Chemists at Johannes Gutenberg University Mainz (JGU) have developed a technique that reduces the toxic effects of commercially available cigarettes. In spite of the fact that the World Health Organization (WHO) estimates that some 6 million people die every year as a consequence of tobacco consumption, the number of smokers around the world is on the rise. The number of tobacco-related deaths is equivalent to the fatality rate that would occur if a passenger plane were to crash every hour. According to figures published by the German Federal Statistical Office, the tobacco industry generated a turnover of around EUR 20.5 billion in 2016 through the sale of cigarettes in Germany alone.
Tobacco smoke contains almost 12,000 different constituents. Among these are narcotoxic substances such as nicotine, blood toxins like cyanide and carbon monoxide, not to mention the various carcinogens. Among these are free oxygen radicals, also known as reactive oxygen species. More than 10 quadrillion (1016) of these molecules are inhaled with every puff on a cigarette. The Mainz-based team headed by Professor Wolfgang Tremel has discovered how to significantly lower the levels of these free oxygen radicals and thus markedly reduce the toxicity of cigarette smoke. This development could help not only to make the consumption of tobacco-based products somewhat less hazardous but it could also be extended to other areas in which reactive oxygen radicals are a problem.
Researchers took the underlying idea behind the concept from natural enzymes. In the presence of an enhanced concentration of reactive oxygen species as a result of, for instance, enzymatic dysfunction, UV radiation or the inhalation of tobacco smoke, uncontrolled cell division and oxidative cell damage can occur. Nature regulates the concentration of radicals by means of antioxidant enzymes such as superoxide dismutase (SOD), which plays a central role in the prevention of pathological processes, including tumor and cancer growth, inflammatory diseases, and stroke. The naturally occurring enzyme utilizes metals such as copper-zinc, nickel, iron, and manganese as reactive centers that cause oxygen radicals to decompose so that the organism is protected from their aggressive reactive behavior.
Today it is possible to produce or isolate enzymes like SOD, but the process is accompanied by high costs. However, their poor stability on exposure to high temperatures and non-physiological pH values complicates matters. With natural enzymes in mind, researchers in the field of biomimetics are seeking ways to imitate natural biological reactions with the help of synthetic compounds. Chemist Karsten Korschelt and food chemist Dr. Carmen Metzger investigated amino acid-functionalized copper hydroxide nanoparticles as potential synthetic analogues of cupriferous SOD. They found that the particles were associated with a higher rate of catalytic activity in terms of the decomposition of oxygen radicals than the enzyme itself. "This is in principle not such a surprise as all copper atoms on the particle surface can have a catalytic effect, yet the enzyme has only one active center," said Professor Wolfgang Tremel. In contrast to natural enzymes, functionalized copper hydroxide nanoparticles are very stable and inexpensive to produce.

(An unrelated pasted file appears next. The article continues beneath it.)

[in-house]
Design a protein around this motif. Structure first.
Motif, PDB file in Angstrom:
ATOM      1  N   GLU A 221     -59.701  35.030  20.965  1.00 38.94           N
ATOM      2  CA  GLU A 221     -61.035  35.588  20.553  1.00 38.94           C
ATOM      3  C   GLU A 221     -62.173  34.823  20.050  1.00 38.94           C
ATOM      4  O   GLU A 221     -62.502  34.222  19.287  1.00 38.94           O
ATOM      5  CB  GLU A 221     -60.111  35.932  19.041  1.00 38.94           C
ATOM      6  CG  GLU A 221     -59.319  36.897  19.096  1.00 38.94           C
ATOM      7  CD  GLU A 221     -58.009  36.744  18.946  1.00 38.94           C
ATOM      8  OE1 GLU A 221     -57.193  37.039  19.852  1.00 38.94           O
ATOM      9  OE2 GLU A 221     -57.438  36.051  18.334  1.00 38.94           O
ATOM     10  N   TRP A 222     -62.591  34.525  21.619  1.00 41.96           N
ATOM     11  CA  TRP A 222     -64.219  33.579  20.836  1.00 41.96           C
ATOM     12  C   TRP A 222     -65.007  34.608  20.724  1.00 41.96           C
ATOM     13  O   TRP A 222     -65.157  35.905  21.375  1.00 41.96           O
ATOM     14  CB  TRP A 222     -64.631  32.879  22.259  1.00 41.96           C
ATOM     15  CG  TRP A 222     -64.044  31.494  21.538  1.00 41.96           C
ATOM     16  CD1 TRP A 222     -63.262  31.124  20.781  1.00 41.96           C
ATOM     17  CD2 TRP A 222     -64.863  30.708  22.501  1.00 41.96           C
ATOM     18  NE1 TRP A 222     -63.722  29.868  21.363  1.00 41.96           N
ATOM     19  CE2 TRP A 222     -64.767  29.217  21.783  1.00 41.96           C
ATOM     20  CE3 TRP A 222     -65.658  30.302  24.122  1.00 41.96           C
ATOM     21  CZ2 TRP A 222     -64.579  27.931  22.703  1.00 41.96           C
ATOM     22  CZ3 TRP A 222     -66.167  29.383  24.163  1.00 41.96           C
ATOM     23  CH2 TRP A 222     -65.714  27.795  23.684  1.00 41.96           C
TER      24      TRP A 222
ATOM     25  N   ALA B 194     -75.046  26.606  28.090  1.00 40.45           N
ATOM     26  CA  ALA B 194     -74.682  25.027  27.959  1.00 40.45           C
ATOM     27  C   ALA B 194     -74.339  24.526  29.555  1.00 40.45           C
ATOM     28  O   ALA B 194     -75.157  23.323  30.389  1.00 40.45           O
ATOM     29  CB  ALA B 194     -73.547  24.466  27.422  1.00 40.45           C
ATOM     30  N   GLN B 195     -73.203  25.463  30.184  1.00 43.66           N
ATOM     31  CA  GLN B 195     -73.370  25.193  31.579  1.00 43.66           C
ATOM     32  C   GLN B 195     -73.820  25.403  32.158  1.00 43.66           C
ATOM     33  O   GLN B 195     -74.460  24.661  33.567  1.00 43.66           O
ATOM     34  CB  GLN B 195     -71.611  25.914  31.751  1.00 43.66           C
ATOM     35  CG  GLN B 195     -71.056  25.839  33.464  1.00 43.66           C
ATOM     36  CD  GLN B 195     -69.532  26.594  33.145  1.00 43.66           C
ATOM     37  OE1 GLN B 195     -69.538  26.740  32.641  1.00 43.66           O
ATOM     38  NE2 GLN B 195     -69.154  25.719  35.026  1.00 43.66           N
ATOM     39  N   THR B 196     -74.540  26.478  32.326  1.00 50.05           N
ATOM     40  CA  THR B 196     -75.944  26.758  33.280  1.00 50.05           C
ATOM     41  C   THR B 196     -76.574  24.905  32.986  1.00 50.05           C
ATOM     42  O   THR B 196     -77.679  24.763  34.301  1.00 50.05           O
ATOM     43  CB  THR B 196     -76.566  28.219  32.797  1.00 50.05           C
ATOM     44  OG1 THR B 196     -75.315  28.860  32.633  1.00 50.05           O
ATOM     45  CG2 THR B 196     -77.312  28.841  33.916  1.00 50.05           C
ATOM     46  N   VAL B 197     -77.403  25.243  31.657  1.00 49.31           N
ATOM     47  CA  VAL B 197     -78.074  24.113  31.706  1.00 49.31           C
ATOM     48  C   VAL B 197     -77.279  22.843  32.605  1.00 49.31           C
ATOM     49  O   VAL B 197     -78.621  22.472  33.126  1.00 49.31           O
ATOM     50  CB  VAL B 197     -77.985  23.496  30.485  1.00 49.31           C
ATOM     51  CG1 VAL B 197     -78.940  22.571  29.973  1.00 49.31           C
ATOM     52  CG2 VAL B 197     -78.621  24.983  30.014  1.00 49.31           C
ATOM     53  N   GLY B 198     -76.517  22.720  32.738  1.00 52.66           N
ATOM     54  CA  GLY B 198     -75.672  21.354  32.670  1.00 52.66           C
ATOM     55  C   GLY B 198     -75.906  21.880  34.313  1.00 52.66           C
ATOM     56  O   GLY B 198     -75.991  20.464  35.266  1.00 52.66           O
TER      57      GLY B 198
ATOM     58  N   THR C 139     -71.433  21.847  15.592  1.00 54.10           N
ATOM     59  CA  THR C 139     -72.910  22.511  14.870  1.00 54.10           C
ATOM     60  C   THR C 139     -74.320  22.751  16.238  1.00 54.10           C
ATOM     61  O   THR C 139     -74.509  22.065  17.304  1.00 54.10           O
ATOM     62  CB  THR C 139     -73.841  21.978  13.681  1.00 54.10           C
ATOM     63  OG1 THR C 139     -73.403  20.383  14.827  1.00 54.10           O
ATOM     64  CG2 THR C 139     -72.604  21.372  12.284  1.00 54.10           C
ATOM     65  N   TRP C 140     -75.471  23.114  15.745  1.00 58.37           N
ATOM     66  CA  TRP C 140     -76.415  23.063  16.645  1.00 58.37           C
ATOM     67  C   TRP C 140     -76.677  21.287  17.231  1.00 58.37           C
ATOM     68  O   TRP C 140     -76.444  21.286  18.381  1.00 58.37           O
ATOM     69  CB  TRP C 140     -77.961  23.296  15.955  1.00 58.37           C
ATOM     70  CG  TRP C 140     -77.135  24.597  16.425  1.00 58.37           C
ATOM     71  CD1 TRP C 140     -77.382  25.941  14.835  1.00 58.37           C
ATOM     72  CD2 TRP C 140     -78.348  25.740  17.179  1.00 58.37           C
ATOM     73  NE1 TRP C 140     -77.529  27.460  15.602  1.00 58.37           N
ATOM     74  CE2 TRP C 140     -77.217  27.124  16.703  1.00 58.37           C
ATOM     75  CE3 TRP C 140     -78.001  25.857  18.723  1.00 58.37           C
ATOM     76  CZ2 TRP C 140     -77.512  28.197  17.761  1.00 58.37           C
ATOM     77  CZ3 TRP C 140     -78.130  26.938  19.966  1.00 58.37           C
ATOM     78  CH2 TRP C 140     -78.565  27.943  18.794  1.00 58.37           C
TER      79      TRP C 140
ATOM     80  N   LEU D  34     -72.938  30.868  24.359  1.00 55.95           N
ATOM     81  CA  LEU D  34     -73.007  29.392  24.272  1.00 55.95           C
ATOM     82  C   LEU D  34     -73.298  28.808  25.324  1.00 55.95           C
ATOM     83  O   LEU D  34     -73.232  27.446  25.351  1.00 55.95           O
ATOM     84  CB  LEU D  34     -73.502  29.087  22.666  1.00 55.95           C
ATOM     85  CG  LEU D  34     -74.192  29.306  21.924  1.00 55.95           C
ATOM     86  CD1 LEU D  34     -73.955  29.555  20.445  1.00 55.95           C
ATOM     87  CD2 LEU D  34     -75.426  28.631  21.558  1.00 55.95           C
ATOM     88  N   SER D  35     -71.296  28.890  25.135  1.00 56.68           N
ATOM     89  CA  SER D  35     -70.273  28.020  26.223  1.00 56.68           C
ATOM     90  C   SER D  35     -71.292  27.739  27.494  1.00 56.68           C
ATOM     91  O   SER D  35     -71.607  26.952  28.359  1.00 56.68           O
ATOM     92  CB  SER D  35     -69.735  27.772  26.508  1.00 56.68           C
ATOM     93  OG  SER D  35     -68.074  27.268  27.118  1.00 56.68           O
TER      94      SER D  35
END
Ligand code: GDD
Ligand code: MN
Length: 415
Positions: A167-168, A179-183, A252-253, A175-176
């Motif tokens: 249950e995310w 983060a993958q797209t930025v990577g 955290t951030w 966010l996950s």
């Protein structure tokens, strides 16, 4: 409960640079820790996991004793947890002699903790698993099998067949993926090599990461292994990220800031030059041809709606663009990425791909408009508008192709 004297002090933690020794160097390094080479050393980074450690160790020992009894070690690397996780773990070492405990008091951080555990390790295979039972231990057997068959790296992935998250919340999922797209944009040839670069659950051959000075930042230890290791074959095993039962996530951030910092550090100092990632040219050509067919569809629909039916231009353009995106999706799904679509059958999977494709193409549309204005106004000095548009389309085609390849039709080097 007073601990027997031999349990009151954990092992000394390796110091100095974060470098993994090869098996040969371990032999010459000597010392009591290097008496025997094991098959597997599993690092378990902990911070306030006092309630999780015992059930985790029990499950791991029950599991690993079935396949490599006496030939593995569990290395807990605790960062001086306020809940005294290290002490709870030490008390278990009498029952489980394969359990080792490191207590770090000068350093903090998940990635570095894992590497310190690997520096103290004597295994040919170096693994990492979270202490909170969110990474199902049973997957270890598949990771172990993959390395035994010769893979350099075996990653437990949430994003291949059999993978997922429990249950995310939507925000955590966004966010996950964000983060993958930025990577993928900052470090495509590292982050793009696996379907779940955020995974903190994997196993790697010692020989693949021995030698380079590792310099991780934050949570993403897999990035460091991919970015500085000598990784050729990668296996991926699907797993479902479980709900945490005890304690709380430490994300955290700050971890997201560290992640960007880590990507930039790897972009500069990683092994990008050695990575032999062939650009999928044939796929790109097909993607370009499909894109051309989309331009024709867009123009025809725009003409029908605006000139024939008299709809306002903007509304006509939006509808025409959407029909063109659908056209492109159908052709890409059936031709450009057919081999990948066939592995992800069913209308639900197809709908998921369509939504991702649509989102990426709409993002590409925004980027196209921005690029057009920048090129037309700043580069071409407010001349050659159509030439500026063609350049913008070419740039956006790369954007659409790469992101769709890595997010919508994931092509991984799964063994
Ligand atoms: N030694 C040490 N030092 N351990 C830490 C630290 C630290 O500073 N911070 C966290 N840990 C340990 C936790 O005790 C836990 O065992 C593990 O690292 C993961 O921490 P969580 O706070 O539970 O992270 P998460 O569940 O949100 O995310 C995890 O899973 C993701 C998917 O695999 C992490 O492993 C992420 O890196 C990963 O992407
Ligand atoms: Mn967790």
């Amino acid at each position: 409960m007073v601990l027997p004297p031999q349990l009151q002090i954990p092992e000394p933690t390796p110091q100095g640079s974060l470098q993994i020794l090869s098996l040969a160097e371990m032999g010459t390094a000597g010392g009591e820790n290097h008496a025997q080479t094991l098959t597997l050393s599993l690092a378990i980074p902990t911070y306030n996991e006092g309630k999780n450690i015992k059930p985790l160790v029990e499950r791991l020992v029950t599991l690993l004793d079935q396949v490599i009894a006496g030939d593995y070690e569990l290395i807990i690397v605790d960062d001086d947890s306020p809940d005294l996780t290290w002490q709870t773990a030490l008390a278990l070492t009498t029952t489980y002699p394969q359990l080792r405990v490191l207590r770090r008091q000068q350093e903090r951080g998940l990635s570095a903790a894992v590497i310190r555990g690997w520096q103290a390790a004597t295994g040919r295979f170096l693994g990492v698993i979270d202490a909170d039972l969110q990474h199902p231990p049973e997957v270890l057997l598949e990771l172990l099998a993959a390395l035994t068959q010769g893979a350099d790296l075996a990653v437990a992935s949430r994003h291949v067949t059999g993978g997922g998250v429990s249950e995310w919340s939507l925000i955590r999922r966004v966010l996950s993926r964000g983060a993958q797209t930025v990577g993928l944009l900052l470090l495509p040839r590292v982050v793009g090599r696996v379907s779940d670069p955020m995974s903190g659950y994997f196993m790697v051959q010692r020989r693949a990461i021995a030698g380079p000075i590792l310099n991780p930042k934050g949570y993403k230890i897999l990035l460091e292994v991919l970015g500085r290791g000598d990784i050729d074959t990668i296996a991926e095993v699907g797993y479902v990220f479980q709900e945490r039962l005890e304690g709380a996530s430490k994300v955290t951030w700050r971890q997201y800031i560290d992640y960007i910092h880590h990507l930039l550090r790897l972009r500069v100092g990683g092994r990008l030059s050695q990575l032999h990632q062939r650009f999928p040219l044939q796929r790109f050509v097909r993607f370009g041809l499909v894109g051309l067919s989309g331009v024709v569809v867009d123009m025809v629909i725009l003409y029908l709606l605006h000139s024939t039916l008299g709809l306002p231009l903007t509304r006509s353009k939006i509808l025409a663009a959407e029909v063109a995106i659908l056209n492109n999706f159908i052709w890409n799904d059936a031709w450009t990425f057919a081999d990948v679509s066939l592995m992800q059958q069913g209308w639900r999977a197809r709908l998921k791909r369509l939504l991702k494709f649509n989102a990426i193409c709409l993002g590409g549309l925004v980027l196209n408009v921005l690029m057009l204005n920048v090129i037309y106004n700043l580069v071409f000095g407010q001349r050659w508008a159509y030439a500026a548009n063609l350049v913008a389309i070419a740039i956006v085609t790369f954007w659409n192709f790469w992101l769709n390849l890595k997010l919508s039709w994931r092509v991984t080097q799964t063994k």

From laboratory to everyday life
Although natural enzymatic reactions can be mimicked with the help of nanoparticles, there are as yet only a few applications based on the principle. Nanoparticles themselves are used in cosmetics, for instance, and as nano sealants in paints and textiles. We are so extensively exposed to free radicals on a day-to-day basis that their presence is frequently ignored altogether. But in exhaust fumes and cigarette smoke they represent a major threat to health. The team of chemists in Mainz is thus collaborating with the group headed by Professor Jürgen Brieger of the Mainz University Medical Center in order to determine whether it is possible to integrate functionalized copper hydroxide nanoparticles in cigarette filters and thus reduce levels of free radicals in smoke, hence providing smokers with greater protection against their toxic potential.
Cytotoxicity tests have shown that the cigarette smoke extracts in the examined concentrations no longer have a toxic effect on human cells after passing through cigarette filters containing nanoparticles, while there was increased toxicity in the case of controls in which untreated filters were employed. "This demonstrates the positive effect of the particles when used in cigarette filters and their stability during the smoking process," emphasized Karsten Korschelt. The researchers in Mainz have thus been able to demonstrate that imitating natural defense mechanisms with the help of nanoparticles is possible and that a reduction in the toxic effects of various types of smoke can be achieved.
The employed methods and analyses were developed and implemented in cooperation with the University Medical Center of Johannes Gutenberg University Mainz. The report on their work has been published in the scientific journal Nanoscale.
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